2021 ◽  
Paul M McKeigue ◽  
Raj Burgul ◽  
Jennifer Bishop ◽  
Chris Robertson ◽  
Jim McMenamin ◽  

Objectives - To investigate the association of primary acute cerebral venous thrombosis (CVT) with COVID-19 vaccination through complete ascertainment of all diagnosed CVT in the population of Scotland. Design - Case-crossover study comparing recent (1-14 days after vaccination) with less recent exposure to vaccination among cases of CVT. Setting - National data for Scotland from 1 December 2020, with diagnosed CVT case ascertainment through neuroimaging studies up to 17 May 2021 and diagnostic coding of hospital discharges up to 28 April 2021 and with linkage to vaccination records. Main outcome measure - Primary acute cerebral venous thrombosis Results - Of 50 primary acute CVT cases, 29 were ascertained only from neuroimaging studies, 2 were ascertained only from hospital discharges, and 19 were ascertained from both sources. Of these 50 cases, 14 had received the Astra-Zeneca ChAdOx1 vaccine and 3 the Pfizer BNT162b2 vaccine. The incidence of CVT per million doses in the first 14 days after vaccination was 2.2 (95% credible interval 0.9 to 4.1) for ChAdOx1 and 1 (95% credible interval 0.1 to 2.9) for BNT162b2. The rate ratio for CVT associated with exposure to ChAdOx1-S in the first 14 days compared with exposure 15-84 days after vaccination was 3.2 (95% credible interval 1.1 to 9.5). The 95% credible interval for the rate ratio associated with recent versus less recent exposure to BNT162b2 (0.6 to 95.8) was too wide for useful inference. Conclusions - These findings support a causal association between CVT and the AstraZeneca vaccine with too few cases with Pfizer vaccine to make inference on any causal relationship. The absolute risk of post-vaccination CVT in this population-wide study in Scotland was lower than has been reported for populations in Scandinavia and Germany; the reasons for this remain to be established.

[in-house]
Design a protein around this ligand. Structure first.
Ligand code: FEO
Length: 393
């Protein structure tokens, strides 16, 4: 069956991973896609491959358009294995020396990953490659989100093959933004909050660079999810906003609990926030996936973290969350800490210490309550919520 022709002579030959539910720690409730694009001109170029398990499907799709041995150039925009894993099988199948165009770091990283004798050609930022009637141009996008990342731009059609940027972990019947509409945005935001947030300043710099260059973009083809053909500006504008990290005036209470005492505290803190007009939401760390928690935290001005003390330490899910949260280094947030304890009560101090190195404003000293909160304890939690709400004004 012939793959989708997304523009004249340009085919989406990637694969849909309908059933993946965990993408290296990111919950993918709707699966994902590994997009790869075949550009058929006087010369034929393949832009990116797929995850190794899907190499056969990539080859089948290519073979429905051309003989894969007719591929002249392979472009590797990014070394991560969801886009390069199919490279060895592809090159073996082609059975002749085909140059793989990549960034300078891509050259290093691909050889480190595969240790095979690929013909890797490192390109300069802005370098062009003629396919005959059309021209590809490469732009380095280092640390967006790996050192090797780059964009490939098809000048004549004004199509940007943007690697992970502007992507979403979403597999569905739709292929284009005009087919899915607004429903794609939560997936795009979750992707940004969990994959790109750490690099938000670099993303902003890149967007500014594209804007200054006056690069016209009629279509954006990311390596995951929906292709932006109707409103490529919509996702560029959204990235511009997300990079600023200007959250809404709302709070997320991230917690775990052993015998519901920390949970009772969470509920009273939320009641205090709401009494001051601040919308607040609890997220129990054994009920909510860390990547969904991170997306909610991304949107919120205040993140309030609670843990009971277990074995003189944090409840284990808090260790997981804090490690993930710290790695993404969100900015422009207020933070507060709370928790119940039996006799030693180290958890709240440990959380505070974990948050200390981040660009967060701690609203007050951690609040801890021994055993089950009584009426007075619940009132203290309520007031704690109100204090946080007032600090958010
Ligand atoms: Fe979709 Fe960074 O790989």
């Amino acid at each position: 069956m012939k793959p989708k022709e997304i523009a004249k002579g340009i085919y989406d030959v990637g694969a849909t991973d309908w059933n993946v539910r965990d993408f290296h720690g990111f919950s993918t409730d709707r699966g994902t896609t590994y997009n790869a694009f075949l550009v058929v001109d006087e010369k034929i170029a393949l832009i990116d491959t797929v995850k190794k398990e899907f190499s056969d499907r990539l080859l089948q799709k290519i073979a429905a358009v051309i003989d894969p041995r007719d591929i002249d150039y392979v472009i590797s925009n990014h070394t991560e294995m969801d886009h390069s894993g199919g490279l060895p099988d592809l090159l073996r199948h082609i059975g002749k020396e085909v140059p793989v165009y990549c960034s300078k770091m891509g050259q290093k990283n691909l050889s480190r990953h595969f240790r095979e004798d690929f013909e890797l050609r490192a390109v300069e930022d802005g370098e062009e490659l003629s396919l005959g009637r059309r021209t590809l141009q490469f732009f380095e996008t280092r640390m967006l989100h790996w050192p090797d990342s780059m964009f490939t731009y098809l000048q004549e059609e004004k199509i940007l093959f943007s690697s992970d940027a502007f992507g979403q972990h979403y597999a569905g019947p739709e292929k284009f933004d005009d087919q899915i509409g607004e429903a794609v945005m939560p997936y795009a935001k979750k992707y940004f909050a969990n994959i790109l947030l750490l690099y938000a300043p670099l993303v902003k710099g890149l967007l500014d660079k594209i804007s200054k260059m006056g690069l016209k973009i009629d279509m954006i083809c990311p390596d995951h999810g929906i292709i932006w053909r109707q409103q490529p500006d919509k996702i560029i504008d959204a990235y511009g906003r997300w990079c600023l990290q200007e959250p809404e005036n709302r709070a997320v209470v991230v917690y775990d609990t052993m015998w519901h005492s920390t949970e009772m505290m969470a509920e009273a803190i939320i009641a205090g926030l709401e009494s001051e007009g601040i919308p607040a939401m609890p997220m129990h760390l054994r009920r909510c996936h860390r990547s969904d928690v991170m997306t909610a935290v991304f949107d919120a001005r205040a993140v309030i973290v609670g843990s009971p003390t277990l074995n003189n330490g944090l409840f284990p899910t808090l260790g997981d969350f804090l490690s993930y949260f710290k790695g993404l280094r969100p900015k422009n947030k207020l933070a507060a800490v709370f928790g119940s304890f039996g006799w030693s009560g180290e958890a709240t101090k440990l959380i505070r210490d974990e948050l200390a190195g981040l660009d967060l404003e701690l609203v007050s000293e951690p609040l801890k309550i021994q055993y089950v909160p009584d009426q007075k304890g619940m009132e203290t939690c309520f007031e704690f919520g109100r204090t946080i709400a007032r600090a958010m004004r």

2021 ◽  
pp. 1-51
Anna Lea Albright ◽  
Cristian Proistosescu ◽  
Peter Huybers

AbstractA variety of empirical estimates have been published for the lower bounds on aerosol radiative forcing, clustered around -1.0 Wm−2 or -2.0 Wm−2. The reasons for obtaining such different constraints are not well understood. In this study, we explore bounds on aerosol radiative forcing using a Bayesian model of aerosol forcing and Earth’s multi-timescale temperature response to radiative forcing. We first demonstrate the ability of a simple aerosol model to emulate aerosol radiative forcing simulated by ten general circulation models. A joint inference of climate sensitivity and effective aerosol forcing from historical surface temperatures is then made over 1850–2019. We obtain a maximum likelihood estimate of aerosol radiative forcing of -0.85 Wm−2 [5-95% credible interval -1.3 to -0.50 Wm−2] for 2010–2019 relative to 1750 and an equilibrium climate sensitivity of 3.4°C [5-95% credible interval 1.8 to 6.1°C]. The wide range of climate sensitivity reflects difficulty in empirically constraining long-term responses using historical temperatures, as noted elsewhere. A relatively tight bound on aerosol forcing is nonetheless obtained from the structure of temperature and aerosol precursor emissions and, particularly, from the rapid growth in emissions between 1950–1980. Obtaining a fifth-percentile lower bound on aerosol forcing around -2.0 Wm−2 requires prescribing internal climate variance that is a factor of five larger than the CMIP6 mean and assuming large, correlated errors in global temperature observations. Ocean heat uptake observations may further constrain aerosol radiative forcing but require a better understanding of the relationship between time-variable radiative feedbacks and radiative forcing.